# Review of Mixup: Beyond Empirical Risk Minimization

Technical review of Mixup: Beyond Empirical Risk Minimization

Link to original paper: https://arxiv.org/pdf/1710.09412.pdf

Good to know terms:

(i) **Empirical Risk Minimization (ERM)** → The hypothesis which minimizes our error based on a sample set, over the domain set. This is based on this article.

(ii) **Regularization** → It is a technique used to reduce the errors by fitting the function appropriately on the given training set and avoid overfitting.

(iii) **Vicinal Risk Minimization (VRM)** → In VRM, human knowledge is required to describe a vicinity or neighborhood around each example in the training data.

**SUMMARY**:

There have been many breakthroughs in the field of computer vision, speech recognition and reinforcement learning with the help of large neural networks. They are majorly trained to reduce the average error over the trained data through a technique known as ERM. There are two major issues with large deep neural networks, memorization and sensitivity to adversarial examples. The *mixup* is a technique introduced to alleviate these concerns. This paper aims to resolve these issues.

Learning theory states that the convergence of ERM is guaranteed as long as the size of the train data set does not increase with the number of training data. However, this is not the case with our typical neural network as the size of the neural networks scales linearly with the number of training examples.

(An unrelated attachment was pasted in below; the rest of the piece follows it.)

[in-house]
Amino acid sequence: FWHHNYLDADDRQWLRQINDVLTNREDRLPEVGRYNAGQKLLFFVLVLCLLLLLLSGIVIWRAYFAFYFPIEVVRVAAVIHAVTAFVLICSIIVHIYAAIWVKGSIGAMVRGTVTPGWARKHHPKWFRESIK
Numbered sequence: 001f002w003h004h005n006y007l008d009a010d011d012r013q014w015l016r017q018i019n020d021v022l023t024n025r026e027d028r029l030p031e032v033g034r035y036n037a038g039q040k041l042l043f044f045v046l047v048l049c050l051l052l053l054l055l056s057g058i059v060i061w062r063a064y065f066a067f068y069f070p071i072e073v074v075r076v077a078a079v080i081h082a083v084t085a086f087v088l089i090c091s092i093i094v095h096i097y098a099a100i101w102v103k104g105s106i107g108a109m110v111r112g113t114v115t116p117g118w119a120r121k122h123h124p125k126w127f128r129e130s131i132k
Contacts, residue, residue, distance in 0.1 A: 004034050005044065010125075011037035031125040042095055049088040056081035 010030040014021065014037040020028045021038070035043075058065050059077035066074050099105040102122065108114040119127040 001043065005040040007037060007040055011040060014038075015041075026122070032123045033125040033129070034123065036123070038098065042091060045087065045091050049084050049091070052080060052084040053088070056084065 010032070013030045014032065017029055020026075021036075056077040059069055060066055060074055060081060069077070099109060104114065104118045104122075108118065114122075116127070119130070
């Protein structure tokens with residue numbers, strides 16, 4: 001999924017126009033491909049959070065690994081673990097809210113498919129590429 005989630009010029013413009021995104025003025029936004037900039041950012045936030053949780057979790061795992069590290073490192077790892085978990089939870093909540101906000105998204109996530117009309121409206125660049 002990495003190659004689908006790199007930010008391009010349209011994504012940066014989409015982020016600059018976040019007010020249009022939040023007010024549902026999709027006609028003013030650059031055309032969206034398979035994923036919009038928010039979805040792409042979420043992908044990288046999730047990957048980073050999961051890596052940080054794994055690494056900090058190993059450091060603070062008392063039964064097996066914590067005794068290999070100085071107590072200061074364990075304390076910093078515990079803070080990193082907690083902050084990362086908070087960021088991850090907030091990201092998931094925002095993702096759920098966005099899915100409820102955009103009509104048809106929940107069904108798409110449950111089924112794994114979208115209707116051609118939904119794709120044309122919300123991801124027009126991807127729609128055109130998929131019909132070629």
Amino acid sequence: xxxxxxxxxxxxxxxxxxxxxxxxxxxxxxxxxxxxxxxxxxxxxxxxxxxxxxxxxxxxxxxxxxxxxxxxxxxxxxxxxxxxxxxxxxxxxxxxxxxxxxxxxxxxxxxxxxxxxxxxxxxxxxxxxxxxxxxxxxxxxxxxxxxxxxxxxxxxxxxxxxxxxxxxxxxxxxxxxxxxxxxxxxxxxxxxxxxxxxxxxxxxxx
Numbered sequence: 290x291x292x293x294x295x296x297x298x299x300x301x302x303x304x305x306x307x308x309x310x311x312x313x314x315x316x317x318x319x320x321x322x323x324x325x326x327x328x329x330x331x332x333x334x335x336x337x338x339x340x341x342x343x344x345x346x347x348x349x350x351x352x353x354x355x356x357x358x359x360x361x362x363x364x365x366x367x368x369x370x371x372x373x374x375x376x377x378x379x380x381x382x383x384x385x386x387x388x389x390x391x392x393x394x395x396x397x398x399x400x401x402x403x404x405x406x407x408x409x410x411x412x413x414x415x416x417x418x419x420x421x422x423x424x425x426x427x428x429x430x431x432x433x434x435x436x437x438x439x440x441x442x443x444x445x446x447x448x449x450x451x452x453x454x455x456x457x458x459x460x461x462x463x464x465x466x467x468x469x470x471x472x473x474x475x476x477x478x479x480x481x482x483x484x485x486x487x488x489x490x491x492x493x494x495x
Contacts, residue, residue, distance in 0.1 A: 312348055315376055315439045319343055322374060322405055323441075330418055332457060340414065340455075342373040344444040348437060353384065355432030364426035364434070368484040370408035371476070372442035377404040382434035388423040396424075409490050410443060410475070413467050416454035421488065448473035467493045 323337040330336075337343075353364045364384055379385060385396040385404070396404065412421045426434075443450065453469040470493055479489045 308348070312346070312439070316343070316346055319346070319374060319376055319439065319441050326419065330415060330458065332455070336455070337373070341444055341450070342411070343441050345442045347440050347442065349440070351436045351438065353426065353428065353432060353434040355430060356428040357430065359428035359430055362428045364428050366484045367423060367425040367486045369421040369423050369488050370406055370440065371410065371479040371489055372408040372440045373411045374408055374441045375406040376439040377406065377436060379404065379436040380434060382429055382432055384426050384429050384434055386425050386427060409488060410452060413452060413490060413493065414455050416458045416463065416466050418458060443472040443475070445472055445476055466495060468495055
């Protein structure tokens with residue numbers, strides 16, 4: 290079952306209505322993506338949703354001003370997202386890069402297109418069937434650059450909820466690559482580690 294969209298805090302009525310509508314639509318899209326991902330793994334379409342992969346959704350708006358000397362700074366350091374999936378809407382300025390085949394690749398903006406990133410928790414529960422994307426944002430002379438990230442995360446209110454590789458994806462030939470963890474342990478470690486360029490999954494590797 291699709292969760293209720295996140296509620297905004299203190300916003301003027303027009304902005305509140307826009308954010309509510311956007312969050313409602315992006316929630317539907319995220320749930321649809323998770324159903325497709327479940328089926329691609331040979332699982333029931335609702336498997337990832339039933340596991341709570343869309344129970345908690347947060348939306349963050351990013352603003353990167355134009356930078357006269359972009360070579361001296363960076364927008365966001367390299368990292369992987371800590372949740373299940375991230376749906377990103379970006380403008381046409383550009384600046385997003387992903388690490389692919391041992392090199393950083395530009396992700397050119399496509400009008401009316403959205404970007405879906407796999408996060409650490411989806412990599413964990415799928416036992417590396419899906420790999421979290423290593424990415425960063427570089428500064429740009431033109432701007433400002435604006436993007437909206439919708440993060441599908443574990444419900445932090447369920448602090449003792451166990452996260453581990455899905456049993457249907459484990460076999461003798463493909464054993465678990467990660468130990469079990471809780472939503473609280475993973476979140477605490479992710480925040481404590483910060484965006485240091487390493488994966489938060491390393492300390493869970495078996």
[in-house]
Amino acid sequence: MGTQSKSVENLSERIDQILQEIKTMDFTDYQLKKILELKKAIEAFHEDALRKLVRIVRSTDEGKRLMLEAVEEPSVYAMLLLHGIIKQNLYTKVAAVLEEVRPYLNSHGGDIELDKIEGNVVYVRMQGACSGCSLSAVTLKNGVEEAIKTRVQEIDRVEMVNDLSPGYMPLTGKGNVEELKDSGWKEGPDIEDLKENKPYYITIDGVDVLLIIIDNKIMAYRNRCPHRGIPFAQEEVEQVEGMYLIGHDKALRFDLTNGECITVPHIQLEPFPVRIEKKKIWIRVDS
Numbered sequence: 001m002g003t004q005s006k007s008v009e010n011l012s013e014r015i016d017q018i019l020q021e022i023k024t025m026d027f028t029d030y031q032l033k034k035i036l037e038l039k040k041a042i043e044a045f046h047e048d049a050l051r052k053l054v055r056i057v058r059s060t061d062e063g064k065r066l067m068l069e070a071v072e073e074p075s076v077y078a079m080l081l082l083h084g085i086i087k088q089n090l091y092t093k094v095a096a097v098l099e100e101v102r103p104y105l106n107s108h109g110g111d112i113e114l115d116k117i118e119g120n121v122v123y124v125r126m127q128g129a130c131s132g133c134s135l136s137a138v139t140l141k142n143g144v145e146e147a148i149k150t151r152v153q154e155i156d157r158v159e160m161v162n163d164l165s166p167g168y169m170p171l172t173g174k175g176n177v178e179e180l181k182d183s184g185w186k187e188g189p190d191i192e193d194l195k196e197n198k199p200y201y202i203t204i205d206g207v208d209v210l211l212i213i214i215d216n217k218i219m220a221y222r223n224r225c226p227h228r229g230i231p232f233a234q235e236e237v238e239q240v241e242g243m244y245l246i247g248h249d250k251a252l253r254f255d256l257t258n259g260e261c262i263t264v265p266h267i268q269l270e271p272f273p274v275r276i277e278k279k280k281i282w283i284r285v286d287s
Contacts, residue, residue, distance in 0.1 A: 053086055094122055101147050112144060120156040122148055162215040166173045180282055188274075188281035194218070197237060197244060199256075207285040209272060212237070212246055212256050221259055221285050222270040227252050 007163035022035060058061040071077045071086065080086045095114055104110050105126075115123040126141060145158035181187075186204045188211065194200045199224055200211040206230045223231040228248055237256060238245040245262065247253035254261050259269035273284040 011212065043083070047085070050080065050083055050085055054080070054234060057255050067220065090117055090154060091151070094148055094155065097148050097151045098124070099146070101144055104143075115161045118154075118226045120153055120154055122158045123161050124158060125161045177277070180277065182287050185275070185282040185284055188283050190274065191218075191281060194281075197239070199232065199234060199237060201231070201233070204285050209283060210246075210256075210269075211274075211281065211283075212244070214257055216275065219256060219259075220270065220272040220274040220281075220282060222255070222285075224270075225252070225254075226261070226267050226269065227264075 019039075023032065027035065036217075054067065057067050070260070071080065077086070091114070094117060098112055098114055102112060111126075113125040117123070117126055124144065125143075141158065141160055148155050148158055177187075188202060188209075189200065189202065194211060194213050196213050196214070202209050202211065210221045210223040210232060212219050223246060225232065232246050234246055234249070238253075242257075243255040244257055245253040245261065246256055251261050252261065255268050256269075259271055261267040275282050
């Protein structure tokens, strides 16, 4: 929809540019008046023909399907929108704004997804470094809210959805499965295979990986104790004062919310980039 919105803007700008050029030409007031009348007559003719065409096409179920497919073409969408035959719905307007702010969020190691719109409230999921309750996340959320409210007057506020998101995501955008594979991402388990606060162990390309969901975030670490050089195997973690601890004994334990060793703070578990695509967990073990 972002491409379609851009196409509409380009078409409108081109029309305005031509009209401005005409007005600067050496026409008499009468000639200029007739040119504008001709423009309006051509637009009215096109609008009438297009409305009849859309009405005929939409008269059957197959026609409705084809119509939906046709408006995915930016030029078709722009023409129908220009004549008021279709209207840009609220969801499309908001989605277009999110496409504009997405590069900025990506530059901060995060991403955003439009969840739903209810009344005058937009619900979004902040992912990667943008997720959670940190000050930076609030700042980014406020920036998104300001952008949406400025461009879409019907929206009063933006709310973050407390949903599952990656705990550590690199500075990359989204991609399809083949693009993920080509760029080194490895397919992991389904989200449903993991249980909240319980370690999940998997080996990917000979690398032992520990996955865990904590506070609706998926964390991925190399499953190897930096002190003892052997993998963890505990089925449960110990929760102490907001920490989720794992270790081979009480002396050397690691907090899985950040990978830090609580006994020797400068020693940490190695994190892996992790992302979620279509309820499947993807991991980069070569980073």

This contradiction challenges the suitability of ERM to train our neural networks. ERM does have some advantages like, it allows the neural network to memorize the training data even in the presence of strong regularization. But the disadvantage is that when a neural network trained with ERM is used to evaluate predictions on examples just outside of training distribution, also known as *adversarial examples*.

The alternative, *data augmentation, *the method of choice to train on similar but different examples (based on VRM principle). In VRM, human knowledge is required to describe the vicinity around each example in the training data. For example, in an image classification, we can define the vicinity of one image as the set of horizontal reflections, slight rotation of an image. Data augmentation also assumes that the examples in the vicinity of an image share the same class, and does not model vicinity relation across examples from different classes.

In layman’s terms, let’s say an image of a cat is 0 and an image of a dog is 1. In *mixup*, the distribution is changed from binary {0,1} to a continuous variable [0,1]. Now, the neural network would no longer predict if the image is of a cat or a dog instead it will predict the percentage of how much the image looks like a cat or a dog. To summarize, in *mixup*, linear interpolation of feature vectors should lead to linear interpolation of the associated targets.